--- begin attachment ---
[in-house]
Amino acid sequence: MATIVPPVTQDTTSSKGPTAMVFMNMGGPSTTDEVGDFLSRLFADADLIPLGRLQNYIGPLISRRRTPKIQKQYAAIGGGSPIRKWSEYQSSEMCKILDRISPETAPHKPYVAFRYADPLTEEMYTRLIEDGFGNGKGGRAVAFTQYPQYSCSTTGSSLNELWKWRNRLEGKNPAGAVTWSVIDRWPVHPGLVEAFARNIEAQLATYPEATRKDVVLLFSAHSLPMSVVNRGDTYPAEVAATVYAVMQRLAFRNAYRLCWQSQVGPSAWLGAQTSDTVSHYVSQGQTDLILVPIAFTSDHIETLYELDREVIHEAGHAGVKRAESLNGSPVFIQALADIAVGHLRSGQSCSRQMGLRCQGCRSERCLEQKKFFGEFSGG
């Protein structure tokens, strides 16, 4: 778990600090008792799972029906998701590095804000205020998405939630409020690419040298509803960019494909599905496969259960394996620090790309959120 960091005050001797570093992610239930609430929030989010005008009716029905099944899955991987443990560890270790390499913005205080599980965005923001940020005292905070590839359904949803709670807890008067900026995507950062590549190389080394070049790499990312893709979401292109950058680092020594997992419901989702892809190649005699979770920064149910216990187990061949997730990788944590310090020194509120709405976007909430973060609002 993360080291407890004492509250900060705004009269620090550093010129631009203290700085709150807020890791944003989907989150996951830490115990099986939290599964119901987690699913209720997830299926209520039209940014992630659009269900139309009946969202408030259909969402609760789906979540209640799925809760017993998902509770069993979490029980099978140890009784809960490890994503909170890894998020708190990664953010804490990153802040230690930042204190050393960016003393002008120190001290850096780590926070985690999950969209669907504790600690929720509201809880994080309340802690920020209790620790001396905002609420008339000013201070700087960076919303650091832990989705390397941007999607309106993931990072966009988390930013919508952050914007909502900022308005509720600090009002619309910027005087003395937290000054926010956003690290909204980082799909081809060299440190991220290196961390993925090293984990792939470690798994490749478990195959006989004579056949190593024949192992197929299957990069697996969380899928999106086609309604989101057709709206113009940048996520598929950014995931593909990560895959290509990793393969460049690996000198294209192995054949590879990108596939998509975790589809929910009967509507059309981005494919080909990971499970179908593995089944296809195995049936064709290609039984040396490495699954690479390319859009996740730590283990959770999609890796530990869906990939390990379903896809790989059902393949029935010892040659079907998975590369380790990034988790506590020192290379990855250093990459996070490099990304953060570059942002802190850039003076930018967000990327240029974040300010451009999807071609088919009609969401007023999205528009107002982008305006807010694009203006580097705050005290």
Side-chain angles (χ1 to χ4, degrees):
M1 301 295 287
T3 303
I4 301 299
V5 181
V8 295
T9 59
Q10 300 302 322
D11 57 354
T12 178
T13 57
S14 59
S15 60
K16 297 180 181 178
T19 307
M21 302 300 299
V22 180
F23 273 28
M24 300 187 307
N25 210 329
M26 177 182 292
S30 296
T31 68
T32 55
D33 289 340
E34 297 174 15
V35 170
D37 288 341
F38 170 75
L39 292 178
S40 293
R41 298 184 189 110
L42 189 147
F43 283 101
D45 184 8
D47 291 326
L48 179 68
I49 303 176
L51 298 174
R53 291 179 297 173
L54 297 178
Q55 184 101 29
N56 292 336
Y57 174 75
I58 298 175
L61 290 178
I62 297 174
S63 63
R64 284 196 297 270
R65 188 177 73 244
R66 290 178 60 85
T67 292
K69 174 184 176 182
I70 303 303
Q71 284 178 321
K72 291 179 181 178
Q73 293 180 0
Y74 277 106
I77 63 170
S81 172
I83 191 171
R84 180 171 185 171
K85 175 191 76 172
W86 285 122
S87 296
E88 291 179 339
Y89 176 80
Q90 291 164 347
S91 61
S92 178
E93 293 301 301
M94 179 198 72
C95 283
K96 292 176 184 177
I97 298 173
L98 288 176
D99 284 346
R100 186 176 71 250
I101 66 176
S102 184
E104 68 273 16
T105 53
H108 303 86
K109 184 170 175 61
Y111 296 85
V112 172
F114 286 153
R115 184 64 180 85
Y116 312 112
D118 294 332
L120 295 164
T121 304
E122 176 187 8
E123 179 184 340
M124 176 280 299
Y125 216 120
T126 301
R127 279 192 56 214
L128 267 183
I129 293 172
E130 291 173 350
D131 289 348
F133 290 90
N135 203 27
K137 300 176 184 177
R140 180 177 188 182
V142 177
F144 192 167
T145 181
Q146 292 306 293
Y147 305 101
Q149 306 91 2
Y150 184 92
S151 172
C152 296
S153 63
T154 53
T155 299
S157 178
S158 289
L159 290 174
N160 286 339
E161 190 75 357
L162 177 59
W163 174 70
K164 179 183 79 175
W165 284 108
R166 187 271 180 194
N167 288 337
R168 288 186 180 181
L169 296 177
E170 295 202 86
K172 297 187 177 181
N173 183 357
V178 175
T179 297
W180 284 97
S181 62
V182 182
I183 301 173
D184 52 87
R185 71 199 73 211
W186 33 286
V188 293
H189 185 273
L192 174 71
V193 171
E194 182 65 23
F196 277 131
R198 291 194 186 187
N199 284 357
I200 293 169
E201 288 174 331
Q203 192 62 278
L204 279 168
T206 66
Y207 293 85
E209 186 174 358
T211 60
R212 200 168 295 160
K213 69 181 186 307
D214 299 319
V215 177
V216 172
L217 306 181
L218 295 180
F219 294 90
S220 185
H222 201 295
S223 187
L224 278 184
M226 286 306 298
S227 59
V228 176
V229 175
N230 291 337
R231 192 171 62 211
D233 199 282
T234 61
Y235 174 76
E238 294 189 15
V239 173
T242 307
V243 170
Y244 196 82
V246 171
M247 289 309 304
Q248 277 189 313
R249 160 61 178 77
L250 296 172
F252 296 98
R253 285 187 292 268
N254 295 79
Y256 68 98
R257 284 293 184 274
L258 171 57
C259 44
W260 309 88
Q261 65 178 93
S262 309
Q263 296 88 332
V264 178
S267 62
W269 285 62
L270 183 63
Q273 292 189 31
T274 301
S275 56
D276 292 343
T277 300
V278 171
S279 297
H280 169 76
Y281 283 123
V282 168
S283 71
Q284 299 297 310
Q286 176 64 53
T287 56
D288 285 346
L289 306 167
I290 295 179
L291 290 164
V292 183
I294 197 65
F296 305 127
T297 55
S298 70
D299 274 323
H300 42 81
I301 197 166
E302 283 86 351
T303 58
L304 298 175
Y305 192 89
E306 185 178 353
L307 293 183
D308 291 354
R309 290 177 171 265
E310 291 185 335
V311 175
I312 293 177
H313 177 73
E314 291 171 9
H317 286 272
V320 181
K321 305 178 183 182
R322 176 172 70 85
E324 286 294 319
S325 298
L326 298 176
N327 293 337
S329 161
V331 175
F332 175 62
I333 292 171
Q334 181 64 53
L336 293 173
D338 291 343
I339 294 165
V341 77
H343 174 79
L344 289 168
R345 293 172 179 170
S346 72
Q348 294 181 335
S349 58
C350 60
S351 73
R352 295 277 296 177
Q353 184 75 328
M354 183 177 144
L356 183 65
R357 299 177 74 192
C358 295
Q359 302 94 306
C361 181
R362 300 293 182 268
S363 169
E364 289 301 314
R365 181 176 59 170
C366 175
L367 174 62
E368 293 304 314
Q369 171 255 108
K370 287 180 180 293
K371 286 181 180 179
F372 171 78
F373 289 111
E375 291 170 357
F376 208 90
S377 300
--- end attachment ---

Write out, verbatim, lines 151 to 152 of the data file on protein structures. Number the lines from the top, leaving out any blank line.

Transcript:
E194 182 65 23
F196 277 131